Reversing Rust Belt brain drain: Tracy on Cleveland public radio's ideastream

When is moving back to your hometown newsworthy? When that town is in the Rust Belt, which has not only lost industrial jobs but educated professionals like myself who sought opportunity elsewhere.

I'm a "boomerang" -- someone who moves away and then comes back, which in my case was after nearly 17 years in Geneva, Switzerland, New York City and Washington, DC. Boomerangs are key to depressed areas regaining their economic and cultural strength. We know our home cities well but bring back new ideas, skills and experience.

Cleveland's exciting mix of community-building initiatives drew me back. The Gordon Square Arts District, where I'm volunteering my time, has garnered national media attention for using the arts to apply "economic shock paddles" to a struggling area. Others include Ingenuity Fest's unique blend of the arts and a gritty but beautiful location, a myriad of sustainable urban agriculture projects like Community Greenhouse Partners, and a community development corporation model that is studied across the nation.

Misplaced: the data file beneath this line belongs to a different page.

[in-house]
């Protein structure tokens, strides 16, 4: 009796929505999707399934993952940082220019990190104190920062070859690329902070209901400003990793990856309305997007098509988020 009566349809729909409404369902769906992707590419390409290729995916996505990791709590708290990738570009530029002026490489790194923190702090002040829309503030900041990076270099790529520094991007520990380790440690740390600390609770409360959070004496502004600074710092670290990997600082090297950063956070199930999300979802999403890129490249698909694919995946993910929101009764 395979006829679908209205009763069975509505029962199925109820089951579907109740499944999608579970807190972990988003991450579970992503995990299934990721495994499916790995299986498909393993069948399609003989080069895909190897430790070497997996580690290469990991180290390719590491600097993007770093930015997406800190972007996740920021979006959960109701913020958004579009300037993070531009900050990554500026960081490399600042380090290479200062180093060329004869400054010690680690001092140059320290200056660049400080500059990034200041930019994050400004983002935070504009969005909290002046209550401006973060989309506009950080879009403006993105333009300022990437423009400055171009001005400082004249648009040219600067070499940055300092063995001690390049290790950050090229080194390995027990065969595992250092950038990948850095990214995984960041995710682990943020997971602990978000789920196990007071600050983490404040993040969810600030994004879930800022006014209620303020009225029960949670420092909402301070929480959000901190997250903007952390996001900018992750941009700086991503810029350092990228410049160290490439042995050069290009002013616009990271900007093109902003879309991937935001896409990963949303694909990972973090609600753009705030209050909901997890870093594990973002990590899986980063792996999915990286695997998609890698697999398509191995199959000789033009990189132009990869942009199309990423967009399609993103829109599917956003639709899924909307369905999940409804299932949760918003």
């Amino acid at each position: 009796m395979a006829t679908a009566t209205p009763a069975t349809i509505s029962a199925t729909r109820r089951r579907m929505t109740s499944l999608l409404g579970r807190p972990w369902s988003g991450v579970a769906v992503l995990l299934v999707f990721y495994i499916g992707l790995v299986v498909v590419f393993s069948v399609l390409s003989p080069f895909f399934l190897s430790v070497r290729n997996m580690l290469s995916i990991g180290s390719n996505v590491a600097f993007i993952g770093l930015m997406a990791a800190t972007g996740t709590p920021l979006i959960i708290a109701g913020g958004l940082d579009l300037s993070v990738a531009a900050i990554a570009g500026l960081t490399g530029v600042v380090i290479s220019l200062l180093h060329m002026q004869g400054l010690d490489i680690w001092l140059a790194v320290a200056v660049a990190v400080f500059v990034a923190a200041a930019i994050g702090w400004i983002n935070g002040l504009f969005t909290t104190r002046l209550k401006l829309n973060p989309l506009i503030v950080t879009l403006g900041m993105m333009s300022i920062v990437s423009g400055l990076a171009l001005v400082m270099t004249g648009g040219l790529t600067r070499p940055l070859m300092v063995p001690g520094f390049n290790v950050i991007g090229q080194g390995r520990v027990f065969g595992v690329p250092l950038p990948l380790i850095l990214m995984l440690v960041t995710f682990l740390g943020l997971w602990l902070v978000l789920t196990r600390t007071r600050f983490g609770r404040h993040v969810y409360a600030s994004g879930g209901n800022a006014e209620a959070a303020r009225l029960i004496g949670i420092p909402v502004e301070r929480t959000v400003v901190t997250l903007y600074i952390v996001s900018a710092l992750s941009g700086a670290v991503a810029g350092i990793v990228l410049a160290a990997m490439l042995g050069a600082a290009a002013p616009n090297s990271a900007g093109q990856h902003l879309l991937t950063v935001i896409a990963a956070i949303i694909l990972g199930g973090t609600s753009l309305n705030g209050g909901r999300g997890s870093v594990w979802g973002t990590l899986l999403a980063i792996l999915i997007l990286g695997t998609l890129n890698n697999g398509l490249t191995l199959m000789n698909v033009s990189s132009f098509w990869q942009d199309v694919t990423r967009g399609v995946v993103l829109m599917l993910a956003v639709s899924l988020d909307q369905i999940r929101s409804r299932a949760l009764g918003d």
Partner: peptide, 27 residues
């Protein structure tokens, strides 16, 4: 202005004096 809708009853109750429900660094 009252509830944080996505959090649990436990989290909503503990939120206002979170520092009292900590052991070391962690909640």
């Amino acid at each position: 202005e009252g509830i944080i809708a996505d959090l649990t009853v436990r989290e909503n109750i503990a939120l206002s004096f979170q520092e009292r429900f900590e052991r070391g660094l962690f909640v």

Now Clevelanders are working to draw more people like me back to affordable living costs, a growing healthcare sector, one of the nation's best metropolitan park systems, stellar arts institutions like the world famous Cleveland Orchestra, some of the best libraries in the US, and rich mix of ethnic cultures -- complete with the restaurants and markets that go with them.

I participated in the recent Global Cleveland Summit, which kicked off an initiative to draw "boomerangs" and international newcomers to Cleveland to revitalize our city and take it in new directions. I talked with a public radio reporter about why I'm back: Northeast Ohio Tries to Bring Back the Rust Belt Refugees / ideastream - Northeast Ohio Public Radio, Television and Multiple Media

NOTE: If you've boomeranged back to Cleveland, drop me a line. I'm planning a gathering to celebrate our return and to share our experiences.